And in case a user files a lawsuit, fines can range between $100 to $750 per consumer per incident, or the actual damage (whichever is greater).

Is Google Analytics CCPA Compliant?

Now that you just know what’s CCPA and whether it applies to your business or not, the following question you would possibly have is: what does CCPA have to do with Google Analytics?

Google Analytics is a powerful tool for understanding how people interact together with your website. But it works by assigning your visitors an UserID and records personal data like IP addresses, gender, age, device, and also the other personally identifiable information.

This means that it falls under CCPA’s explanation of the consumer’s personal information.

So, should companies disable Google Analytics for CCPA?

While this could be an extreme measure, but without Analytics, you won’t have any data to make decisions and you’ll be just guessing about what works on your website.

That said, you’ll easily make a couple of changes to make sure Google Analytics complies with the necessities of CCPA. And here’s how you’ll do it…

How to Make Google Analytics CCPA Compliant?

If you want to make your Google Analytics compliant to CCPA this is the best idea to make it happen if you use the MonsterInsights plugin for WordPress.

Install MonsterInsights and its EU Compliance Addon

MonsterInsights is the best WordPress plugin you can use for Google Analytics. You can easily fulfill the needs of the new law by installing the plugin and its EU Compliance addon.

The EU Compliance addon allows you to automate different processes to fulfill CCPA. As an exampleyou’ll easily anonymize or disable personal data tracking in Google Analytics with a click of a button.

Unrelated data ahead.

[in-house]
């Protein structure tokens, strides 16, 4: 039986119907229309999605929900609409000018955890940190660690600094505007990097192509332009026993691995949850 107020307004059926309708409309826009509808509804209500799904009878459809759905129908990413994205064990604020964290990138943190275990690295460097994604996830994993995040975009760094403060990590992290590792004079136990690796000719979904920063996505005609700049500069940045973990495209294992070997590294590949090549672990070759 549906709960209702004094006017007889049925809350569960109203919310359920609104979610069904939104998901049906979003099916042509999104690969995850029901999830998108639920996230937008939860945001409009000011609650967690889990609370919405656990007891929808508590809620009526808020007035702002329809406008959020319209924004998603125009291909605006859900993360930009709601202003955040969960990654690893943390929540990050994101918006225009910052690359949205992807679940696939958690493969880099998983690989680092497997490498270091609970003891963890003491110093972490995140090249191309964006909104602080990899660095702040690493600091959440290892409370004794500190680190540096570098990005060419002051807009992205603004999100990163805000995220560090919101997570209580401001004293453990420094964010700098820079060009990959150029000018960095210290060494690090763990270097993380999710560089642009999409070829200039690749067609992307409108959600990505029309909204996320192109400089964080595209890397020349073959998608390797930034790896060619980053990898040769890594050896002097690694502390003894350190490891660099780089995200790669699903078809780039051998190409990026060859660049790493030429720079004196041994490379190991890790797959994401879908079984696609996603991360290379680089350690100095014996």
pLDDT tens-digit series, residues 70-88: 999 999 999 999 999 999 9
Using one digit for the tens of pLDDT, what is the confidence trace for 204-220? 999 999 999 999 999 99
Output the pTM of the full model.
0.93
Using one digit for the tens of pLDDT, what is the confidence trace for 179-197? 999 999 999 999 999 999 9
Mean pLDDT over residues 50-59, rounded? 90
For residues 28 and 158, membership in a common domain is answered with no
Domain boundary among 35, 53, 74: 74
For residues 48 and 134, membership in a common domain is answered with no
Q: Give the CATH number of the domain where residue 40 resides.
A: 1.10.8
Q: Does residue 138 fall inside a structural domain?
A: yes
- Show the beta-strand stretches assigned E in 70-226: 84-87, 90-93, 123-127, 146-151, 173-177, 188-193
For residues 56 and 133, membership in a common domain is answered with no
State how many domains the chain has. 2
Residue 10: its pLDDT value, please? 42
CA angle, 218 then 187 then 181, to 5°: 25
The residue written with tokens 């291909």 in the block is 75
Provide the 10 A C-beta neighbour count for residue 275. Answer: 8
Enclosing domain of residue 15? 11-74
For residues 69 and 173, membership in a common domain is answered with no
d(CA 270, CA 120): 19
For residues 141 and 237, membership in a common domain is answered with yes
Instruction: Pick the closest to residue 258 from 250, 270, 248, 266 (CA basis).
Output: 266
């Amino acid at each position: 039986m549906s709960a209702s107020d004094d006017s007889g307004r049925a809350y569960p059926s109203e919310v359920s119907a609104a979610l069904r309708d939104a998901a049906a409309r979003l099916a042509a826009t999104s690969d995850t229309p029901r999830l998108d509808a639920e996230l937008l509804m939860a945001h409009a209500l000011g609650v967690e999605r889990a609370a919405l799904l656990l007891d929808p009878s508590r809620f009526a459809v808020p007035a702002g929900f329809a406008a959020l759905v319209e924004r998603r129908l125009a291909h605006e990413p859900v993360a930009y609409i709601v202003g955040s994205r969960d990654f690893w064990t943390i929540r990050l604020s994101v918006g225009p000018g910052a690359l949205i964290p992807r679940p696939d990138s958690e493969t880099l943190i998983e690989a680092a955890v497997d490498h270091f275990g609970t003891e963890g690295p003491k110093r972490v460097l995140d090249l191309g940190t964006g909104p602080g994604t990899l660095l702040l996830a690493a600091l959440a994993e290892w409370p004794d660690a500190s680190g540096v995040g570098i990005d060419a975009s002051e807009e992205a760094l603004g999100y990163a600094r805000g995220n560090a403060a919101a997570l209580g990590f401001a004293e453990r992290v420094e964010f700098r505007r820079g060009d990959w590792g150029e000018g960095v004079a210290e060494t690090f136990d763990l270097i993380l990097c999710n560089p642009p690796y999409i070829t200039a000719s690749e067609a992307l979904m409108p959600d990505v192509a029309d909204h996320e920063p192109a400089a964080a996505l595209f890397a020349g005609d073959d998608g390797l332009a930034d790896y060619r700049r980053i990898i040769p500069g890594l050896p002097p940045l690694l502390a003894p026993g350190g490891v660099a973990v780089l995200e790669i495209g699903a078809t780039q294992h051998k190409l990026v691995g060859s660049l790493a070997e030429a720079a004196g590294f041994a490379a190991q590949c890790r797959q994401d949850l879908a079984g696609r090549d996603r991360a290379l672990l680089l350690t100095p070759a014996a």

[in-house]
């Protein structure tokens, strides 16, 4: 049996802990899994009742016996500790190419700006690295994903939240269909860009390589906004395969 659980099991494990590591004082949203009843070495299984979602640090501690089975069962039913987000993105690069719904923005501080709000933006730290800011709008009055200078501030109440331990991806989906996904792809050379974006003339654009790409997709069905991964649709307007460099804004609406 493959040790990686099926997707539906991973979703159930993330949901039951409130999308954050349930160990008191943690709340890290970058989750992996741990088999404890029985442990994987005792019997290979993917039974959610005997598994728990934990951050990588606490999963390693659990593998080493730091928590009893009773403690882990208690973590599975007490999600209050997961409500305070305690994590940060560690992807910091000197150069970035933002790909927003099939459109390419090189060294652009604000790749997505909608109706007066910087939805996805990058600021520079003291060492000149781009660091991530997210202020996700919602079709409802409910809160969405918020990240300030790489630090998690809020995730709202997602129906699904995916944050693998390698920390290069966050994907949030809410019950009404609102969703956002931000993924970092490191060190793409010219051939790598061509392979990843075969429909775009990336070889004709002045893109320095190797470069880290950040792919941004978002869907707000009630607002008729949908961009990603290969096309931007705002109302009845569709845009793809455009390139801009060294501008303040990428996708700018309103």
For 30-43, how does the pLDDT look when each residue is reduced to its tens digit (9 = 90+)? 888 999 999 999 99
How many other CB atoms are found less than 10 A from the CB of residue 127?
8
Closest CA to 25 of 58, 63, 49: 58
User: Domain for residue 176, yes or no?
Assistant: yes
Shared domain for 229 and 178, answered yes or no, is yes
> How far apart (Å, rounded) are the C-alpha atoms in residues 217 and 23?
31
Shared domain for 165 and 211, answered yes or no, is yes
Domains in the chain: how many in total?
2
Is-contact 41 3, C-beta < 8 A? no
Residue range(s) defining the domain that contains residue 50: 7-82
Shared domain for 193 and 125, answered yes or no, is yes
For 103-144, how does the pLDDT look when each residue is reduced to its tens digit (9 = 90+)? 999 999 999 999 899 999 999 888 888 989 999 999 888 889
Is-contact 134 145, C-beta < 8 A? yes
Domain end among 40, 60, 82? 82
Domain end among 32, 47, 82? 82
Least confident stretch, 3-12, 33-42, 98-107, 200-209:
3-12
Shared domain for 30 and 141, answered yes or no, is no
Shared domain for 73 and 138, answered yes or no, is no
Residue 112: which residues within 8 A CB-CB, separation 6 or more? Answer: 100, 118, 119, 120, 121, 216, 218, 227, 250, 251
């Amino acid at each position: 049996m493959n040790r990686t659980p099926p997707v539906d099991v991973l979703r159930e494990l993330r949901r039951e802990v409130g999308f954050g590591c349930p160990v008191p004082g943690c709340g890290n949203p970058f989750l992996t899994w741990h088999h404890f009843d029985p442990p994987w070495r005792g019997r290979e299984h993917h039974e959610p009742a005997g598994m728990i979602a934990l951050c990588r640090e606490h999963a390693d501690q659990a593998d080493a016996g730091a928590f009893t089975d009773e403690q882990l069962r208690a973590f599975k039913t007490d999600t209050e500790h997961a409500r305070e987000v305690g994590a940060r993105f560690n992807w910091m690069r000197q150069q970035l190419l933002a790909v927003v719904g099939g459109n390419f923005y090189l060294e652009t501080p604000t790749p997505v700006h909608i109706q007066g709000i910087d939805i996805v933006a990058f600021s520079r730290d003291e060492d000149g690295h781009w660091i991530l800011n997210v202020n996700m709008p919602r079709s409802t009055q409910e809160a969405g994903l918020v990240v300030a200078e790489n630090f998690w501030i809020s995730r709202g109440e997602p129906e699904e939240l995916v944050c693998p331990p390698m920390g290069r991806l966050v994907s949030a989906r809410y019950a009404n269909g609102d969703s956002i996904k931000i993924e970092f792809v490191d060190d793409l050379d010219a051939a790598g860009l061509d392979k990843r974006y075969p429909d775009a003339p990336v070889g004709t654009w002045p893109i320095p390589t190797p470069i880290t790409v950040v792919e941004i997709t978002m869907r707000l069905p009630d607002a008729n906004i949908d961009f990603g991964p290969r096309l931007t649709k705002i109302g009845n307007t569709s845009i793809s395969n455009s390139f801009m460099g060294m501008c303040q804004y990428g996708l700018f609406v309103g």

monsterinsights best wordpress plugin for google analytics

Here’s what you can do with the addon:

  • Anonymize user’s IP address Google Analytics hits
  • Disable UserID tracking on Google Analytics
  • Disable demographics and interest reports for advertising (Google Ads) and remarketing tracking in Google Analytics
  • Automatically disable author tracking Google Analytics and custom dimensions addon
  • Enable ga() compatibility mode
  • Allow AMP addon users to agree with the Google AMP consent box before tracking their data
  • Easy integration with CookieBot and Cookie Notice WordPress plugins

To access the addon, go to Insights » Addons » EU Compliance. Then install and activate the addon.

Once the addon is activated, go to Insights » Settings » Engagement and scroll down to EU Compliance. Here you can change the settings and disable different tracking features in Google Analytics to comply with CCPA.

Legal Disclaimer: Due to the dynamic nature of websites, no single plugin can offer 100% legal compliance. Please consult a specialist internet law attorney to determine if you are in compliance with all applicable laws for your jurisdictions and your use cases. Nothing on this blog should be considered legal advice.

Now, you know how to avoid a big mistake when it comes to CCPA. If you want to know more about MonsterInsight here are more post about it:

How To Set Up Author Tracking On Your WordPress Site by MonsterInsights
How to Add Killer Google Analytics in WooCommerce Now
How to Easily Use Event Tracking in WordPress with Google Analytics
How to add Google Analytics Stats Dashboard on WordPress